Consequently, France, Netherlands, and Switzerland have released unilateral directives dated 2016, 2012, and 2021 respectively, declaring that the tax rates on dividends under the respective tax treaties with India stand modified by way of the MFN clause, after India entered into a tax treaty with Slovenia (which became a member of the OECD in 2010). As such, the directives set out that the 5% withholding tax rate on dividends (if the holding is above 10%) as set out in the India-Slovenia treaty, should modify the maximum rate of withholding in case of dividends (as under their respective treaties) to 5% as well. The directives of France and Netherlands further set out that the ‘more favorable’ rate is to apply retrospectively from the dates that Slovenia became a member of the OECD (rather from the date India – Slovenia treaty came into force). Similarly, the directive from Switzerland sets out the ‘more favorable’ treatment (as per the India-Lithuania treaty) to apply from Lithuania’s date of joining the OECD (2018); and the ‘more favorable’ treatment (as per the India-Colombia treaty) to apply from Colombia’s date of joining the OECD (2020).
The question that arises, is whether the MFN clause entered into between India and the OECD members (France, Switzerland and Netherlands) has the effect of further restricting India’s right to withhold taxes on dividend (below the rates said out in their respective treaties), if India enters into a treaty (setting out a lower rate) with a third country which is not an OECD member at the time of the treaty coming into force, but becomes an OECD member at a later date. While this question has been answered in favor of the taxpayer in a few decisions by the Delhi High Court (“Delhi HC”) (explained herein after), the position has been vehemently and consistently opposed by the India tax department (“Revenue”). It must also be noted that India has communicated its position to all three jurisdictions stating that the lower rate cannot be imported through an MFN clause, as Slovenia, Colombia, and Lithuania were not members of the OECD at the time when India entered into the respective tax treaties with them; but has not received any responses to India’s interpretation.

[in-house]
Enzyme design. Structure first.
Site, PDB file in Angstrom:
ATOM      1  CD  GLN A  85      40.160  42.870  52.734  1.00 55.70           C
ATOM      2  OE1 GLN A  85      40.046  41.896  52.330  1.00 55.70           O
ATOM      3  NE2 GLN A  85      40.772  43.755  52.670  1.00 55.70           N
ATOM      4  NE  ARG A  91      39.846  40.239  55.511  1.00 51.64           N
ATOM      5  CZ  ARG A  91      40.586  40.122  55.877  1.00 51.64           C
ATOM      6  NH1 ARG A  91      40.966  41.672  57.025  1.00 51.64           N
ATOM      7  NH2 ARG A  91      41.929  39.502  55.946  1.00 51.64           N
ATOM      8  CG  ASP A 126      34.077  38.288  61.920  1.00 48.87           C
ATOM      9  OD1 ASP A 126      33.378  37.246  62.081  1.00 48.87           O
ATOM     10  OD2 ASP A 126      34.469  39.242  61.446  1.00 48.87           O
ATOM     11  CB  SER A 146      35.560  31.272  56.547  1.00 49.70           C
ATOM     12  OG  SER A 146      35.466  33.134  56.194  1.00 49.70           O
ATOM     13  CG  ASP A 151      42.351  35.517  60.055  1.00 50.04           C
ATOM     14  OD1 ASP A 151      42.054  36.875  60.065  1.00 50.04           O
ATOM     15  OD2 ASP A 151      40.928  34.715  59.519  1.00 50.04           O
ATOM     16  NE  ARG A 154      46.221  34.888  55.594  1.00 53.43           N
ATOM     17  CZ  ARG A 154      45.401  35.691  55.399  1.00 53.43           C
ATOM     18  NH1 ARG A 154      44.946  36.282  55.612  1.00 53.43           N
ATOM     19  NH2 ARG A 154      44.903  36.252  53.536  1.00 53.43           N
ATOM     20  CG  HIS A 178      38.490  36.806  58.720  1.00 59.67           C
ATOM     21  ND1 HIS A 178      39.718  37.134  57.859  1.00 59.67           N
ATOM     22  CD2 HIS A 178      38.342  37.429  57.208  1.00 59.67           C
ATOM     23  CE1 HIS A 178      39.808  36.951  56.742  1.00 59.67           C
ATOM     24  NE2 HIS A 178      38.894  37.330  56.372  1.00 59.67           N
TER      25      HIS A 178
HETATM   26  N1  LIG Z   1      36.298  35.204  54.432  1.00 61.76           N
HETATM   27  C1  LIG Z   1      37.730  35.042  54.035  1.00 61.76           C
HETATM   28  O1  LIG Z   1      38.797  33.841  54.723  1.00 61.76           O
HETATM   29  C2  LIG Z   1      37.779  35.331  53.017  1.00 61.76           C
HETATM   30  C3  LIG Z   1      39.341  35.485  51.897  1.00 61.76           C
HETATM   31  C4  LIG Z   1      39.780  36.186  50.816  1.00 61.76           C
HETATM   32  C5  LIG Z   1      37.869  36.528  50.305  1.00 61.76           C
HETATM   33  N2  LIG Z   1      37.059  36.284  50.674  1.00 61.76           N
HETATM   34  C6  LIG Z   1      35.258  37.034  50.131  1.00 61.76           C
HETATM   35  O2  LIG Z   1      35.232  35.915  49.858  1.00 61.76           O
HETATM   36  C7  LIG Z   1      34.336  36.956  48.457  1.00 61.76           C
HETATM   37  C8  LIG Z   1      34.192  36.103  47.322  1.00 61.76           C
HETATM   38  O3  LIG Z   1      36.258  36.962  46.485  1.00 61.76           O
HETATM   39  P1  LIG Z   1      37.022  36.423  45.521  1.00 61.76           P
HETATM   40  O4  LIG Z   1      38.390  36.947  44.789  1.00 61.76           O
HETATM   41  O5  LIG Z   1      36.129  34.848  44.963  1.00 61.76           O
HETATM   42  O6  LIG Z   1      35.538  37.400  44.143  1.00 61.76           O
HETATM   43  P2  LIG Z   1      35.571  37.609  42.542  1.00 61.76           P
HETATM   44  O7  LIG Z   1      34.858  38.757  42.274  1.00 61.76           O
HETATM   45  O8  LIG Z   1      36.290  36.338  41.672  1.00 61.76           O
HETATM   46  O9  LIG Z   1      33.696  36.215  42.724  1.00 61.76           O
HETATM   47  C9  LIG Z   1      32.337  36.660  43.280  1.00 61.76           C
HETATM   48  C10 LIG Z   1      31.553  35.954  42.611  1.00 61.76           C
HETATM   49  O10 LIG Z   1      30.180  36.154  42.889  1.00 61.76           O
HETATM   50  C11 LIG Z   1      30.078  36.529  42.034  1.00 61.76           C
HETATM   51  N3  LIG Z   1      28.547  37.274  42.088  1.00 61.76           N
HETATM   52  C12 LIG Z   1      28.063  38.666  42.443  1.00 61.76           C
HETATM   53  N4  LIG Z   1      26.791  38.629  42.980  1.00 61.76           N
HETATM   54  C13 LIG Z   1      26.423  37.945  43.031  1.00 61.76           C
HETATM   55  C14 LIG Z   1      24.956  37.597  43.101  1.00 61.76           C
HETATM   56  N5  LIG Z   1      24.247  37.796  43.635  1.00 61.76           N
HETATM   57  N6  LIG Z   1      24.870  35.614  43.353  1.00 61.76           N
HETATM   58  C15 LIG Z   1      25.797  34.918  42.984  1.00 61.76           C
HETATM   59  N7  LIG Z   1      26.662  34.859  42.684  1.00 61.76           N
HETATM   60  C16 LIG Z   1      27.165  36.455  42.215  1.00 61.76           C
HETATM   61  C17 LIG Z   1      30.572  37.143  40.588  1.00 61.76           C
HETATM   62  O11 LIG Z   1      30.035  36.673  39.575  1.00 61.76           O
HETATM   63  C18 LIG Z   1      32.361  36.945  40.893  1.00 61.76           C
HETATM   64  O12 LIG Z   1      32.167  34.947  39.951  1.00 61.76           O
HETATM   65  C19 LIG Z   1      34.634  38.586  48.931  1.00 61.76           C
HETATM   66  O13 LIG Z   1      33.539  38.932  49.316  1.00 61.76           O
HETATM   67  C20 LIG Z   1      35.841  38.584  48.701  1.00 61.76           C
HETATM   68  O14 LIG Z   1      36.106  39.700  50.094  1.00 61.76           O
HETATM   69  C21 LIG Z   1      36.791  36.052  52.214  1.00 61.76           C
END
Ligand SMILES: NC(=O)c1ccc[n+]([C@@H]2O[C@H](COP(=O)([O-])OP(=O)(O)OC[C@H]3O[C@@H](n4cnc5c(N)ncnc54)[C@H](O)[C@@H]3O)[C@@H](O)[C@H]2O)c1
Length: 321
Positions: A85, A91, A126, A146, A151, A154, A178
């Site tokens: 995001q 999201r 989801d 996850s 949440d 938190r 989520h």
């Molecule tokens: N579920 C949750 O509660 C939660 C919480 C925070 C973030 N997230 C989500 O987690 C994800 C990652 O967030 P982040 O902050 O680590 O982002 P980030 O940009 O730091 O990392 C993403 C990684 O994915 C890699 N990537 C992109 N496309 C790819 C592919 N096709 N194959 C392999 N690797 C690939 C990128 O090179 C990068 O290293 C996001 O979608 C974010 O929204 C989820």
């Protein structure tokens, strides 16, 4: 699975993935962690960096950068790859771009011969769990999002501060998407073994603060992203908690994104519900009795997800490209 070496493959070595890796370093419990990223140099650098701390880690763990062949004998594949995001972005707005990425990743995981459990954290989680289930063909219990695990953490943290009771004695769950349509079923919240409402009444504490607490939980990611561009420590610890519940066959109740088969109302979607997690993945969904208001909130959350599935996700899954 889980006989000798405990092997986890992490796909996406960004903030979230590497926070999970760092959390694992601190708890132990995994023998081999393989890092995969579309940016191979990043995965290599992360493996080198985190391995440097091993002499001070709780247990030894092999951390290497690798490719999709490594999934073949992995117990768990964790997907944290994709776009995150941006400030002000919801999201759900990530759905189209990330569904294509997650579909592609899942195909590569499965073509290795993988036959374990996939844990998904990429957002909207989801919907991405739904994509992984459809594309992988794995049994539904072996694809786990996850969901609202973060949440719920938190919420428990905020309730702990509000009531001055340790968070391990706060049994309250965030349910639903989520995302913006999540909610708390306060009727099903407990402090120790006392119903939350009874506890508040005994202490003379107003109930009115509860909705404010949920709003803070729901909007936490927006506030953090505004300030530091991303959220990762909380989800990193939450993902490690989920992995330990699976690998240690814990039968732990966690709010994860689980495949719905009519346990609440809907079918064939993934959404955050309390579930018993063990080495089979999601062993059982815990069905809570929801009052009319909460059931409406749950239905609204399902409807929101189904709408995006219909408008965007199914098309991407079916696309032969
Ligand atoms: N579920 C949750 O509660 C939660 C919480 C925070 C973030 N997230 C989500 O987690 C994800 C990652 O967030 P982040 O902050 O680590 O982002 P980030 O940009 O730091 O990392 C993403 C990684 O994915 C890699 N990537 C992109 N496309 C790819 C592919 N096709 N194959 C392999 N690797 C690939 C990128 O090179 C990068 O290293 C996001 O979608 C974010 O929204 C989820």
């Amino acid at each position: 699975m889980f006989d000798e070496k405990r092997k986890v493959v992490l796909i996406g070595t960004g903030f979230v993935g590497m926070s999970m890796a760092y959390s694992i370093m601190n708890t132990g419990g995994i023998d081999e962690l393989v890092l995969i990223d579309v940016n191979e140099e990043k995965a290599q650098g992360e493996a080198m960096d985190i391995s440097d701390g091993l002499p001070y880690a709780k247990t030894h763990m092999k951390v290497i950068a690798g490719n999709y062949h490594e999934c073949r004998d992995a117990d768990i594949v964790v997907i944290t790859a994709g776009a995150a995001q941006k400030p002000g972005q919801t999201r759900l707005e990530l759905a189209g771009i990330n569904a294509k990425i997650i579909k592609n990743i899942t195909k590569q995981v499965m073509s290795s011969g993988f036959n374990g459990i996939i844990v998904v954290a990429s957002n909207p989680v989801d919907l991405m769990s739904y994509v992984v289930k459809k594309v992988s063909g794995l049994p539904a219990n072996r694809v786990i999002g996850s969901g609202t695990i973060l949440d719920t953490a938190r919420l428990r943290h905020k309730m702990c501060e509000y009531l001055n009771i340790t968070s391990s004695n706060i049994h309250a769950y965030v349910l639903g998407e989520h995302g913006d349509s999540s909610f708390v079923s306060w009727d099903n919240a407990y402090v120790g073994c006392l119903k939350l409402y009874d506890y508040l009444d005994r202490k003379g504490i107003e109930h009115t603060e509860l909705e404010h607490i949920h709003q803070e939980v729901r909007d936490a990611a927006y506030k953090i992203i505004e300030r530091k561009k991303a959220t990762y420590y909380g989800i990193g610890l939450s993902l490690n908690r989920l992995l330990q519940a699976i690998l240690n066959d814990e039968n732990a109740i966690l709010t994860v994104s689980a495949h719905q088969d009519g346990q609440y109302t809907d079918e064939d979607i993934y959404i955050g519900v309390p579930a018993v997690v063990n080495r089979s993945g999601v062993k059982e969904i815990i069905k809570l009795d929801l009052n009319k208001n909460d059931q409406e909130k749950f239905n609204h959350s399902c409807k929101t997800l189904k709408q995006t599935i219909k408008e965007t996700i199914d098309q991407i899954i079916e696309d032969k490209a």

In context of the rulings from the Delhi HC, and in response to the unilateral directives issued, the Ministry of Finance (through the CBDT Circular dated February 03, 2022), has clarified that the ‘more favorable’ rates on dividend taxation within India’s tax treaties with Colombia, Slovenia, or Lithuania will not be applicable to India’s treaties with France, Netherlands, and Switzerland. Concisely, the CBDT has set out the following mandatory conditions to be fulfilled for an MFN clause to apply:
The second treaty (with the third state) is entered into after the signature/entry into force (depending upon the language of the treaty) of the treaty between India and the first OECD state;
The second treaty is entered into between India and a third state which is a member of the OECD at the time of signing the treaty with it;
India limits its taxing rights in the second treaty in relation to rate or scope of taxation only in respect of relevant items of income (i.e., those items of income as set out in the MFN clause to the relevant Protocol);
A separate notification is issued by India, importing the benefits of the second treaty with the first state, as required by the provisions of Section 90(1) of the Income Tax Act, 1961 (“ITA”).
The CBDT has also enumerated a number of reasons to substantiate its positions and the conditionalities set out.
(A) Interpretation of the MFN Clause: